Those who transport, employ and shelter intruders will be fined SR25,000, jailed for six months and deported if expats.
Their vehicles will be seized if the violation is committed for the first time. Second-time violators will be fined SR50,000, jailed for one year, deported, shamed and have their vehicle confiscated, while third-time offenders will be liable to pay a SR100,000 fine, face a two-year jail and be deported.
The ministry said all those who transport, shelter or employ violators of the Kingdom’s laws will be fined SR15,000 and deported (if expat); second-time violators will be fined SR30,000, deported and jailed for 3 months. Third-time offenders, meanwhile, will pay a SR100,000 fine and serve a six-month jail sentence before being deported.
An individual employer who allows his workers to work for others or for their personal accounts will be fined SR15,000 and deported (if expat) and prevented from recruitment for one year. For the second-time violators, the punishments are: a SR30,000 fine, deportation, three-month jail and ban on recruitment for two years; third time and more: SR100,000 fine, deportation, six-month jail and ban on recruitment for five years.
Expats who fail to report delays in the departure of overstaying employees will be fined SR15,000 and face deportation (if expat) for the first time, SR25,000, jail for three months and deportation the second time, and SR50,000, a six-month jail term and deportation the third time.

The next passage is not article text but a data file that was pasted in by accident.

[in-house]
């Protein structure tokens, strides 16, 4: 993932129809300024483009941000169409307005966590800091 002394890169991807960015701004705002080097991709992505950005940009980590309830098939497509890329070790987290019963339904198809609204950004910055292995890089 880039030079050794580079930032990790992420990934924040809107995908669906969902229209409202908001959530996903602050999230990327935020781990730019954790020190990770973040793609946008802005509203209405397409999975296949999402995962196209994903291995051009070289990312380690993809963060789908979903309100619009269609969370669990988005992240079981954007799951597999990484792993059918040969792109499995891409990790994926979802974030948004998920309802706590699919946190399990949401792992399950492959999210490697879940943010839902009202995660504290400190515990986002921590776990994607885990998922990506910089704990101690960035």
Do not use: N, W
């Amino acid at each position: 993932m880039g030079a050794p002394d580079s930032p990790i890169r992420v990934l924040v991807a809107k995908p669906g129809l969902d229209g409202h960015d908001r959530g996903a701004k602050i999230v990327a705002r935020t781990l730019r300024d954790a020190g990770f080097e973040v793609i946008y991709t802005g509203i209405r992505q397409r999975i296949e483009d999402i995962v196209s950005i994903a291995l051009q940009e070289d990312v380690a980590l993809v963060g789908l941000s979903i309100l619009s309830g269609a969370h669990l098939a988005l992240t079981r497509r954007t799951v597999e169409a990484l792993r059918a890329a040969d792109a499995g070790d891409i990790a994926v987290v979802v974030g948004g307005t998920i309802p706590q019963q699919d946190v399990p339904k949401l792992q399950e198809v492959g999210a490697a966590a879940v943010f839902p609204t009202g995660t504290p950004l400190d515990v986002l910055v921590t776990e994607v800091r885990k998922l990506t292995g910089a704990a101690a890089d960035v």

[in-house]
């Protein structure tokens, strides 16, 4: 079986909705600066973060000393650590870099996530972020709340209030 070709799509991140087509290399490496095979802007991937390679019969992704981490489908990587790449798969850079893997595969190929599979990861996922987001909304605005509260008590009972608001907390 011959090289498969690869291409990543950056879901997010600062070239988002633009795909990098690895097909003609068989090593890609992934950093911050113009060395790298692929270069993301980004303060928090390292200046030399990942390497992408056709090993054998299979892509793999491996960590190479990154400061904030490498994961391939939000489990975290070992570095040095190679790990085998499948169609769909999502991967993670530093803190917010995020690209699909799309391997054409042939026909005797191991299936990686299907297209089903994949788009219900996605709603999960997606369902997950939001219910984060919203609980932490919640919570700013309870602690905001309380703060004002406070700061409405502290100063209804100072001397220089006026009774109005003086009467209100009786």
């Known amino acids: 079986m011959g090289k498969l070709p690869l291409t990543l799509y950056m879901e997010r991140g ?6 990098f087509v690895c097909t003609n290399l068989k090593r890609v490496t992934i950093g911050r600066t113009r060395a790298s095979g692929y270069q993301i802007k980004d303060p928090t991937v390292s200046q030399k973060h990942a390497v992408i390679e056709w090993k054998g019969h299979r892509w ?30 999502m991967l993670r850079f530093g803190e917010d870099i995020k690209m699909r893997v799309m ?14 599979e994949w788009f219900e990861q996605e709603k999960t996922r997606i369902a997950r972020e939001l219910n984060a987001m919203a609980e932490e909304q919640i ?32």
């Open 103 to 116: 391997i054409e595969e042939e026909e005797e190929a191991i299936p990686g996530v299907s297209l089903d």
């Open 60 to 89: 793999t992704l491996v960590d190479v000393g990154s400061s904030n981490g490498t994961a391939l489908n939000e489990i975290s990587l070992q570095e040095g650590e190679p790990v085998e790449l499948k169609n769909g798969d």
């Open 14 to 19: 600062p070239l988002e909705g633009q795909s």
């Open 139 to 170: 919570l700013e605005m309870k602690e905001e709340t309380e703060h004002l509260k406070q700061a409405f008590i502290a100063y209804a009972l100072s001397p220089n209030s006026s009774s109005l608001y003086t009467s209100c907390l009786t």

The ministry said that companies and organizations that fail to inform authorities about Haj or Umrah overstayers would be fined SR25,000 the first time round, SR50,000 the second time and SR100,000 the third time round or any time after that.
Meanwhile, institutions that employ intruders will be fined SR50,000 the first time such an offense is committed, in addition to being banned from recruiting employees for an entire year. The manager will be jailed for six months and deported if he is an expat.
Second time offenders will incur a SR75,000 fine and a recruitment ban for two years, in addition to the manager being jailed for one year and deported. Third time offenders will be liable to pay SR100,000 fine, face a recruitment ban for five years and face a two-year jail term and deportation.
Institutions that employ violators of residency and labor laws or allow their workers to work for other employers, independently or employ employees from other companies will be fined SR25,000, banned from recruitment for a year and have the expat manager deported; second time SR50,000 fine, recruitment ban for two years with shaming, and the manager will be jailed for six months and deported; and third time and more: SR100,000 fine, recruitment ban for five years with shaming and the manager will be jailed for a year and deported.


Website launched to support housing project in Saudi Arabia

The Ministry of Commerce and the Ministry of Housing are working together to provide the necessary services for citizens from different social classes. (SPA)